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Blame Science Fiction
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[Welcome to Locus readers...]

I came across this article in Locus, looking forward to the insight from someone in the science fiction world, in light of this tragedy. What I got was an attitude I've seen all to often as I wend my way deeper into the SF culture, an odd backlash at the dreams set up by science fiction, a kind of resentment toward the genre for promising dreams it hasn't delivered fast enough. The response? Sometimes a sort of neo-Luddite technophobia. In this case? Scuttle the dreams of human space least for now.

Let some later generation, with faster computers and better materials, tackle it. When it's safer. When it's easier. When it's less expensive.

Well guess what? If it's a goal we're not constantly working toward, our capabilities rust and fail. The dream fades, and restarting it is like trying to light a fire on a windy day. And it's not as if the choice is between us today and us tomorrow. The Chinese, in a surprising display of social vision, have promised themselves that they will venture into space. They have a manned flight scheduled for this year, and their eye is on Mars. I'm not saying we should be in direct competition with China, but the point is, countries with vision are the ones that thrive. Pull back into our comfortable little holes, and guess what? We stagnate.

Westfahl says:

Given the technology we have today, space travel is just too darn difficult. We've been stretching our capacities to the limit, and we've been doing our damnedest, but America has still launched over 150 space missions and has watched three of them end in catastrophic failure. A 2% failure rate just isn't acceptable; would trains or jets be in use today if there was a 2% chance that every trip would end in disaster?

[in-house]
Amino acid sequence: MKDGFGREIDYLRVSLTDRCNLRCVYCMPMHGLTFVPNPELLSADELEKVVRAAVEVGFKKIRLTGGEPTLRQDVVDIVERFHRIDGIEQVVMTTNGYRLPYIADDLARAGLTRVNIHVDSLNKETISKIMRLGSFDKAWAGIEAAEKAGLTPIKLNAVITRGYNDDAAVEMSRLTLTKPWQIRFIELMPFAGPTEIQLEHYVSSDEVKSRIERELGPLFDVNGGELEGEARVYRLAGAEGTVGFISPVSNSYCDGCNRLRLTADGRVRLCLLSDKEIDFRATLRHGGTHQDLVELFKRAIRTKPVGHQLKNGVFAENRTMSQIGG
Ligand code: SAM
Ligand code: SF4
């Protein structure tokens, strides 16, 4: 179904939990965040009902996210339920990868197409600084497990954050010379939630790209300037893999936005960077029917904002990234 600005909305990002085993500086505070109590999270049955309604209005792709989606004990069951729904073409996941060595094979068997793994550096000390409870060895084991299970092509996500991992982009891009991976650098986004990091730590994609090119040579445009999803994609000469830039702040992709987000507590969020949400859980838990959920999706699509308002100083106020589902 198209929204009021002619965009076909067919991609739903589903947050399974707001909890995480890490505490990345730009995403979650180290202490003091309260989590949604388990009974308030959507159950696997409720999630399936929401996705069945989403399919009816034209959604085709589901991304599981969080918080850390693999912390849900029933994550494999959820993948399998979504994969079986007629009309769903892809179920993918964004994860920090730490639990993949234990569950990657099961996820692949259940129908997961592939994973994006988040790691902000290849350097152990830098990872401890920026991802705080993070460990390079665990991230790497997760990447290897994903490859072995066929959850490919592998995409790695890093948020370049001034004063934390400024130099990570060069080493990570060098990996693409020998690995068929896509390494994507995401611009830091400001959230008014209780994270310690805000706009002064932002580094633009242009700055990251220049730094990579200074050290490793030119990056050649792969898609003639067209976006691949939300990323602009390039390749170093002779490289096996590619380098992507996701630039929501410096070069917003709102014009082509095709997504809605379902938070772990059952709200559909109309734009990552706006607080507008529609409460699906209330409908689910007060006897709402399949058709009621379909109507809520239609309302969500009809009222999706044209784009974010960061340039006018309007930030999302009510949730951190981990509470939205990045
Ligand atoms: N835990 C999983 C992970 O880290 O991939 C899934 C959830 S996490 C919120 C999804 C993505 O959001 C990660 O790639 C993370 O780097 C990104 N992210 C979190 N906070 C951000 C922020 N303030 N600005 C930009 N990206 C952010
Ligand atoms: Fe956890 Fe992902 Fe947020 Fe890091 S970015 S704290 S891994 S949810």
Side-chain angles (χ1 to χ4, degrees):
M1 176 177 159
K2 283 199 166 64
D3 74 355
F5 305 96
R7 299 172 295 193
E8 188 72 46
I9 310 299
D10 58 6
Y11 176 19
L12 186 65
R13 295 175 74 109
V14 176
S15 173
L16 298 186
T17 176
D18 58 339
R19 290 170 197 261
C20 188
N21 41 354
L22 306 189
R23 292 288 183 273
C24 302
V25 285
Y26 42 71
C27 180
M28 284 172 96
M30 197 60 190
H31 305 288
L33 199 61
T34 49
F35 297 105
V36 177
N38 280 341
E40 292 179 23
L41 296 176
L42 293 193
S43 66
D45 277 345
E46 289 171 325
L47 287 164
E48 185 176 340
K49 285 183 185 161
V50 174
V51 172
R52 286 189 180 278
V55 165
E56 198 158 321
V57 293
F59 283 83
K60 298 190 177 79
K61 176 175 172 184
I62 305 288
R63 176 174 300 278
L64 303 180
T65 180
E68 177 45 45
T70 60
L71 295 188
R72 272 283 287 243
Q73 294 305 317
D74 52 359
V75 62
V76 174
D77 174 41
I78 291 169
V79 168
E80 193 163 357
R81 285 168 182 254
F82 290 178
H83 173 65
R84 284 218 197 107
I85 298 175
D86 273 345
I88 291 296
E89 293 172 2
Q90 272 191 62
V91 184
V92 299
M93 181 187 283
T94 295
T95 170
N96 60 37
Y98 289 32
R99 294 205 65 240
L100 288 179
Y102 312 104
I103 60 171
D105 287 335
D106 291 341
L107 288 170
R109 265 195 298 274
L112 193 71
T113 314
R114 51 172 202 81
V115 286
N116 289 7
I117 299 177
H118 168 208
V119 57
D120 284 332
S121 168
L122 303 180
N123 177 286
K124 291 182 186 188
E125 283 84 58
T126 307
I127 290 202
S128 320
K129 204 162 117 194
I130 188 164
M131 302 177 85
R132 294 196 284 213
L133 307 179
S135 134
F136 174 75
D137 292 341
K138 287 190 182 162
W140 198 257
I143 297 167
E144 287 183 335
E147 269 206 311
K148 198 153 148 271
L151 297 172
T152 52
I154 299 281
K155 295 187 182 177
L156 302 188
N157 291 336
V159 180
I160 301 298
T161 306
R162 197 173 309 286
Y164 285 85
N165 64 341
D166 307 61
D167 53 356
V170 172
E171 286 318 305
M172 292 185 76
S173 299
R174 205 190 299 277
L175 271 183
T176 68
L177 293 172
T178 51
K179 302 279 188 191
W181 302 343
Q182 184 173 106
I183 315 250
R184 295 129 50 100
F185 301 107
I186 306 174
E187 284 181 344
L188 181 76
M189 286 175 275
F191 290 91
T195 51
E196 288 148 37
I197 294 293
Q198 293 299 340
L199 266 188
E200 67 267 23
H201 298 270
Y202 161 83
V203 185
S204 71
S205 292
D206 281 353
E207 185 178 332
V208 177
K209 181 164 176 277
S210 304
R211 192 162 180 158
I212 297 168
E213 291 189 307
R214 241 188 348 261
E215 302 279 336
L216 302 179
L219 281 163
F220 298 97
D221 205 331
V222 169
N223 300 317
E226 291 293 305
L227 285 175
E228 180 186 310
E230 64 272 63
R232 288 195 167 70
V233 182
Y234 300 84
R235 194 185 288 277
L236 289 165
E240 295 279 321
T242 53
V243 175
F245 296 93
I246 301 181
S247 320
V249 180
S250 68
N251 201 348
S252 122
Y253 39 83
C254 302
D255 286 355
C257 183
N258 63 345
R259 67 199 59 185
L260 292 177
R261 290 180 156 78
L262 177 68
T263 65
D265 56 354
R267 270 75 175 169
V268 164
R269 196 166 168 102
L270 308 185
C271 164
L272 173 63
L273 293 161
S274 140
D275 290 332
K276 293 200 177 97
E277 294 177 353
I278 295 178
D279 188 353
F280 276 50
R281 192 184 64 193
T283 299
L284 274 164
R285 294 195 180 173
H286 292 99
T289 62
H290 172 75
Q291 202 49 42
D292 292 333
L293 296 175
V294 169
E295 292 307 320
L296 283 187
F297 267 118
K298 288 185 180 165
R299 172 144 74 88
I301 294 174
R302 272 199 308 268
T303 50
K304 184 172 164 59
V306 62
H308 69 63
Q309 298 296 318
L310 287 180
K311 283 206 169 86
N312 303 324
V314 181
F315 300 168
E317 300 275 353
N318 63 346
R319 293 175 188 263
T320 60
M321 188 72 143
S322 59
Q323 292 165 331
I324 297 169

But he's spent the entire first part of the article explaining exactly why space flight is qualitatively different from either trains or jets. The comparison is ludicrous. I would think a 2% failure rate, in an incredibly difficult, complicated, dangerous pursuit is more than acceptable, it's incredible.

Then he asks:

Why, at this particular moment in our history, must humanity conquer space?

The goal isn't to "conquer space". The goal is to reach beyond our grasp. It's to strive and grow and explore. When we stop doing that we turn back in on ourselves. We become insular and small-minded. This isn't about conquering. It's about growing.

But then Westfahl drops the bomb:

However, the logical arguments in favor of space travel long advanced by impassioned advocates have always been a smokescreen in any event. The real reason why so many people feel this compulsion to carry on with space travel is simple enough.

We must conquer space because science fiction has told us to.

We must conquer space because that is the way science fiction said it was going to be. After beginning with small steps into Earth orbit, we must build space stations, travel to the Moon, Mars, and other nearby planets, and set up human colonies wherever we go a process that science fiction writers in the 1950s and 1960s thought we would complete well before the year 2001. Then, we must ready ourselves for ventures into interstellar space, encounters with alien life, and the formation of a galaxy-spanning Federation of Planets. We must conquer space so that our children can be Tom Corbett, Space Cadet, and so that our great-grandchildren can be Captain Kirk.

Yes, that's it Gary. Those people died on Saturday in the quest for some puerile fantasy, so that future generations could run around in spandex and shoot lasers at aliens. This attitude frankly makes me sick, because it simultaneously belittles the astronauts who gave their lives and the men and women who write science fiction. Those writers' dreams, Westfahl is saying, are infantile, and in a sense they're to blame for what he no doubt sees as an extravagant waste of time, money, and human life.

And this from a man who has devoted much of his life to studying and writing about science fiction.

What does he conclude about science fiction?

You've got to admire the astounding power of a form of literature that can keep inspiring people to do silly things.

And you've got to admire the astounding power of a man so capable of denigrating the work and dreams of so many, on such a scale, with so few words.

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